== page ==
When someone suggests that you ought to go to graduate school, what they are really saying is that in two to five short years, you will arrive with a master’s degree wearing pants that have become hard to button, permanent under eye circles, and a new distain for structuralism.
All for the cost of a down payment on a house.
I have worked as a dietitian for ten years and gastronomy graduate student for five. Food has become a lens through which I view pretty much everything.
I have examined French nationalism through wine and peered at fascism through a pasta noodle. Viewed the sensorial language of restaurant chefs using a twelve course tasting menu. Analyzed normative gender identity in a professional kitchen. And theorized beer to be a fluid entity built by microbes and societal flux.
And I mention all this because I am tired. I have one more class to go. And have officially hit writer's block.
It turns out the quintessential brownie can no longer be summed up so quickly. That and I desperately need a vacation. So forgive me.
This recipe is a wonderful example of the complication that food often provides. It is the best brownie recipe I have encountered. And it comes from Canada.
Specifically, from a bakery called Olive + Gourmando, which I visited a few years ago during a trip to Montreal. It is the kind of shop that labels pastry baked in a muffin tin with a disclaimer that reads, “this is not a red velvet cupcake,” in typewriter font next to platters of chocolat belge biscuits and thick brownies. A place that can get away with holding its middle finger up high.
An unlikely source of such a treasured archetypal American dessert. And yet, poetically appropriate.
These brownies are of the fudge-like persuasion. They are unapologetically dense and deep, studded with homemade espresso ganache chips that shimmer like moonlight through the pines. They call for advanced planning by a day or two and a shocking quantity of high quality chocolate. But if you are craving sensory overload, there is no better fix.
And if you want them, you had better get on it. This is not the type of recipe built on hastiness. Like so many worthwhile things it requires an investment of time, and of chocolate.
Olive et Gourmando Brownies with Espresso Ganache Chips
Adapted from Dyan Solomon
for the espresso ganache chips
- 375 grams (about 13½ ounces) 70% chocolate
- ½ cup heavy cream
- 2 tbsp instant espresso powder
- ½ tsp cinnamon
for the brownie batter
- 3 sticks (1½ cups) butter, cubed
- 455 grams (about 16 ounces) 50% chocolate, cut into cubes ½ to 1-inch
- 6 eggs, room temperature
- 1½ cups sugar
- 2 tsp vanilla extract
- 1 cup all purpose flour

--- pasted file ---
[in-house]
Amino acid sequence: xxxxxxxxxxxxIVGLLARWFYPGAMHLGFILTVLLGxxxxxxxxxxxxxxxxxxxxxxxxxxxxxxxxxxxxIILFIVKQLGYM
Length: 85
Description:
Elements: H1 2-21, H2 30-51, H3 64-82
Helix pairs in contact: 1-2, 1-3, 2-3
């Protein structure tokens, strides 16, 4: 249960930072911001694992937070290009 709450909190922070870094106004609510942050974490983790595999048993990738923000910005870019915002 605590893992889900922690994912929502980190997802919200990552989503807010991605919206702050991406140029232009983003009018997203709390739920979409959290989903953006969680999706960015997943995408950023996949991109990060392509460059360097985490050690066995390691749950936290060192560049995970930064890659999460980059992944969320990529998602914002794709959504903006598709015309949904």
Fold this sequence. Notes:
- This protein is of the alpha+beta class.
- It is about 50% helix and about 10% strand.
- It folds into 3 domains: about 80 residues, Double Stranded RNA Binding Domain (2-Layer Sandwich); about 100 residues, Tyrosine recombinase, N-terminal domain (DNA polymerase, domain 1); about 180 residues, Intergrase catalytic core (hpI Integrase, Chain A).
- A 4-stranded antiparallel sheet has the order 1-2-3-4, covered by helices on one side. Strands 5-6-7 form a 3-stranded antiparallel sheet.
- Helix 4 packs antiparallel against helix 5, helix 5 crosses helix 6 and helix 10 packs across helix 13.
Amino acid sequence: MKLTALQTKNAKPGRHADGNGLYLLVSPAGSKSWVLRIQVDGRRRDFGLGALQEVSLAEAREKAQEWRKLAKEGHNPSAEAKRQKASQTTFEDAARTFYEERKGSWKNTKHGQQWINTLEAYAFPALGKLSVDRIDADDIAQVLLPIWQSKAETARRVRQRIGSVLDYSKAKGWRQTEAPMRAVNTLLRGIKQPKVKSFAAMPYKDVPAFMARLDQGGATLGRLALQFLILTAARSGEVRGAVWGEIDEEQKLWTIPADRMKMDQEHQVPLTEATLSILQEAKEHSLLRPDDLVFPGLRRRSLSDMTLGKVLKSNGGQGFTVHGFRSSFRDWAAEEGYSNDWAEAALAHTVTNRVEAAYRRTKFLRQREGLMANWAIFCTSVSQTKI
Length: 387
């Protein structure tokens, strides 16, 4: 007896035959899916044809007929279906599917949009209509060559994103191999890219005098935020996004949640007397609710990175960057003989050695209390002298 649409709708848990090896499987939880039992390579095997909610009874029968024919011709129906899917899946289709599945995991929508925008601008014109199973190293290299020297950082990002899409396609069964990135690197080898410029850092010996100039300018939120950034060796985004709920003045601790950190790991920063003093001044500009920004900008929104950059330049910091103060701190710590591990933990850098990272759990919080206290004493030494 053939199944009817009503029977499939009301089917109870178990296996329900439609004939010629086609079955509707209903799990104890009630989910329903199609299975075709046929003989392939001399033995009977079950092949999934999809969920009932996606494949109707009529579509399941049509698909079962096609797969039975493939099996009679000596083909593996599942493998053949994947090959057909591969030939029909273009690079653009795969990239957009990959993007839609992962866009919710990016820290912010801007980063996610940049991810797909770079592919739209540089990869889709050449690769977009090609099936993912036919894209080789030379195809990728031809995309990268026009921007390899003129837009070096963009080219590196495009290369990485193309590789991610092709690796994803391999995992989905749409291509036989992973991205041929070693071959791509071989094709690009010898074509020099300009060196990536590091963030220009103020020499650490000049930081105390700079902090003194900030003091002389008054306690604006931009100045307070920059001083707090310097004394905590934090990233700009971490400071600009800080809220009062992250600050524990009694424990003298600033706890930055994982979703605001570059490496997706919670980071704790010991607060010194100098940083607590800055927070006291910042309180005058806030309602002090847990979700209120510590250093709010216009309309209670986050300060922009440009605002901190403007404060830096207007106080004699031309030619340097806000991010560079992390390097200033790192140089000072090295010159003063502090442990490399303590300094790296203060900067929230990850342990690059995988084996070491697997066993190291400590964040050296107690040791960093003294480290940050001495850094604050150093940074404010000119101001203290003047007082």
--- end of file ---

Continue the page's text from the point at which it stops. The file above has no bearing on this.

- 1½ tsp salt
for the espresso ganache chips:
These need to chill, so plan to make them a few hours ahead (or the day before). Line a baking sheet with parchment paper. Place a metal bowl over a pan of slowly simmering water about 1-inch deep. Melt the 70% chocolate in the bowl, stirring regularly. Meanwhile, in a small saucepan, warm the heavy cream and mix in espresso powder and cinnamon; stir to dissolve.
Pour the heavy cream into the melted chocolate; stir rapidly to combine and pour on parchment paper, smoothing the chocolate out towards the pan edges. Place in the fridge to cool.
for the brownies:
Set the oven to 350 degrees. Grease two baking dishes with butter and cover with parchment paper—letting the paper sides hang over the dish (this will make it easier to remove the brownies). Grease the parchment paper with butter. (I used a 9 x 9 and a 6 x 12 pan: you may be able to get away with one large rectangular baking dish but it may alter the cooking time.)
Place the butter in a medium saucepan on medium heat to melt; add in the 50% chocolate and stir constantly; taking care not to let the chocolate burn. When the chocolate has melted, remove from heat and set aside.
In the bowl of a stand mixer, combine eggs, sugar, and vanilla extract; beat until it turns a pale, frothy yellow (about 5 minutes).
In a separate small bowl, sift together flour and salt. Remove the ganache from the fridge and break up into bite-sized pieces.
Drizzle the melted chocolate into the egg mixture (the chocolate should be warm but not scalding hot); fold together. With the mixer on low, add the flour in three additions; remove the bowl from the stand.
Fold in the ganache chips and continue to fold until no flour remains, taking care not to over mix.
Pour the batter into prepared pans and bake for 35 to 45 minutes, or until the top looks set and starts to crack. (Since the batter is so rich, it will be difficult to use a toothpick to test for doneness.) Let cool and then refrigerate overnight in the pan; this will aid in creating a fudge-like texture.
Makes about 25 brownies
- You’ll want to use high quality chocolate, especially as it is such an integral part of the recipe, Callebaut or Valrhona are two options.
- I recently had a person suggest to me that graduate students have more time on their hands. Which I think could be an accurate statement—if you align that sort of existence with someone who sits in coffee shops drinking lattes and writing about the sensorial discourse of, say, coffee shops.